Search
Clear search
Close search
Google apps
Main menu

Best practices for designing native ads

Creating high-performing native ads requires planning, testing, and execution. Use this article as a guide when setting up native ads.

Create effective native styles

Native styles allow you to define how native ads will appear on different inventory segments, for both web and apps. You can manage your styles’ HTML, JavaScript, and CSS within DFP to shape how your native ads will look in different situations and maximize performance.

Native playbook

Before creating native styles, first review the Native playbook for the basics of designing an effective in-feed native ad. It includes details on layout, typography, labeling, preserving advertiser assets, and more.

When you add a native style for programmatic, we strongly recommend clicking Change template to start with one of the available presets based on common native layouts. You can then customize the CSS as needed. You can update the type and color of the font, the color of the ad, and more in CSS.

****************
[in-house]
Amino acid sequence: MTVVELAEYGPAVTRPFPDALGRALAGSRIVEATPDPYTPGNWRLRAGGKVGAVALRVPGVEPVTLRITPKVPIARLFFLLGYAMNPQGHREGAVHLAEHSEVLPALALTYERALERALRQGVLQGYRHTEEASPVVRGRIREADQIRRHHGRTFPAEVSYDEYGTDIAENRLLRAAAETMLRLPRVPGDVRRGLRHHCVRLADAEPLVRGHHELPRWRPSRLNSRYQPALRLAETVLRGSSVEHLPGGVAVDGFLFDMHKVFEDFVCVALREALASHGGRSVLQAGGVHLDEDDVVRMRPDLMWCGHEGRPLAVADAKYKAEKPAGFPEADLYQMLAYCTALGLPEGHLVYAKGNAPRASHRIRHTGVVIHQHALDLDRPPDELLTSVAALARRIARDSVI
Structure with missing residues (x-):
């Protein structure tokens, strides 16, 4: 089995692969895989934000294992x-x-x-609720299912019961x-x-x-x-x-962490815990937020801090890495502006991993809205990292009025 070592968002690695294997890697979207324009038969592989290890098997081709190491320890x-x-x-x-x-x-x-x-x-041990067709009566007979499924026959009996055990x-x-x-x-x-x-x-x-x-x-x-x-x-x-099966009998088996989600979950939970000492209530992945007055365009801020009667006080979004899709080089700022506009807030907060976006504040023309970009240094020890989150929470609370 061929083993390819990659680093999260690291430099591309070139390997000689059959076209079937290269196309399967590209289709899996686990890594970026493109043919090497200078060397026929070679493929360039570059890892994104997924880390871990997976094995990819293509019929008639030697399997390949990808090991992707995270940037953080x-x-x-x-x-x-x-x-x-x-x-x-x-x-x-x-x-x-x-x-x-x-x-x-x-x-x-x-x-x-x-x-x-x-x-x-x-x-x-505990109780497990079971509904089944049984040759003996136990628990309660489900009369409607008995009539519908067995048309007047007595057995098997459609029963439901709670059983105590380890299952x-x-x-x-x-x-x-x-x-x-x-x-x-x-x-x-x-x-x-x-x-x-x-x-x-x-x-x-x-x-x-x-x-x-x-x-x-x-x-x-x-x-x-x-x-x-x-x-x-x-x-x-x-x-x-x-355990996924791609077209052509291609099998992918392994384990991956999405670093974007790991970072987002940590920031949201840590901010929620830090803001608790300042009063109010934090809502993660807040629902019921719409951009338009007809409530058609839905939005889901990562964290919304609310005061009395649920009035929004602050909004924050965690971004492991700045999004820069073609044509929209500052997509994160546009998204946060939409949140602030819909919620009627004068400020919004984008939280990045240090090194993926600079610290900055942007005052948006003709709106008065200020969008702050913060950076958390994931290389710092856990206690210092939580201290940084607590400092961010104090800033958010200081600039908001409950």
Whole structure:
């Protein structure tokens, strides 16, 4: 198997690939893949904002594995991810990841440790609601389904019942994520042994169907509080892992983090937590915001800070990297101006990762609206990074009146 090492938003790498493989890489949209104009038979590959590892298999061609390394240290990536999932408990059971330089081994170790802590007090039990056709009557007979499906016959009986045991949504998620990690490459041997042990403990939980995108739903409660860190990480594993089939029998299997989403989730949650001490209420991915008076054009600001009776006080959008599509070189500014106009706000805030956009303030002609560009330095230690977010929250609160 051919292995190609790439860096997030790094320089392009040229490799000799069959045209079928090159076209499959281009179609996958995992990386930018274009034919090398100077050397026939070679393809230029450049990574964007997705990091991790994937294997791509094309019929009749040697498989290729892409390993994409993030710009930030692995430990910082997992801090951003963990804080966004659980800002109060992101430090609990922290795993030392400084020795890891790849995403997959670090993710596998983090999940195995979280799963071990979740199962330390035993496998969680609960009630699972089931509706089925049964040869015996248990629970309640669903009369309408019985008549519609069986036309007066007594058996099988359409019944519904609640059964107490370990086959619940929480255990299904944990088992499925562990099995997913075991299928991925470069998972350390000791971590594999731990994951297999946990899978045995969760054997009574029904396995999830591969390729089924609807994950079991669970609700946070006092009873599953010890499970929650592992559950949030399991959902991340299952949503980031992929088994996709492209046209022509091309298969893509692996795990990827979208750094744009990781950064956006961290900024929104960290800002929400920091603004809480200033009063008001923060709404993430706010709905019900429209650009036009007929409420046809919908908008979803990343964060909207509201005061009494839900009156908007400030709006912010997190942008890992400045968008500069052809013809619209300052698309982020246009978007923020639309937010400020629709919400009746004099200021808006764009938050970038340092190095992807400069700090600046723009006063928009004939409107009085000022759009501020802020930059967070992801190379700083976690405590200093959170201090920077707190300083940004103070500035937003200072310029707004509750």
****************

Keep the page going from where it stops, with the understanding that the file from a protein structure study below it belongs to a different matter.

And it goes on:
Run A/B experiments on native styles

To help you achieve high-performing native ads, we provide an A/B testing framework. You can test different native styles using Native experiments. Test fonts, colors, layouts, and other updates in a new style against an existing style to see which one will perform better before making a change.

Experiment with these controls and more to find the styles that perform best on your website or app:

  • Fonts and font sizes
  • Background and text colors
  • Different layouts and spacing
  • Ad size
  • Image size
  • Logo as a secondary image

Additional resources

  • Native ads in action: Visualize what native ads can look like with DoubleClick. See your native ad match the look, feel, and function of its surrounding content across mobile, tablet, and desktop screens. Sample native ads are also available as a guide if you don’t have your own creatives yet.
  • Material design: Learn how to synthesize the classic principles of good design with the innovation and possibility of technology and science. The site describes a single underlying system that allows for a unified experience across platforms and device sizes.
Was this article helpful?
How can we improve it?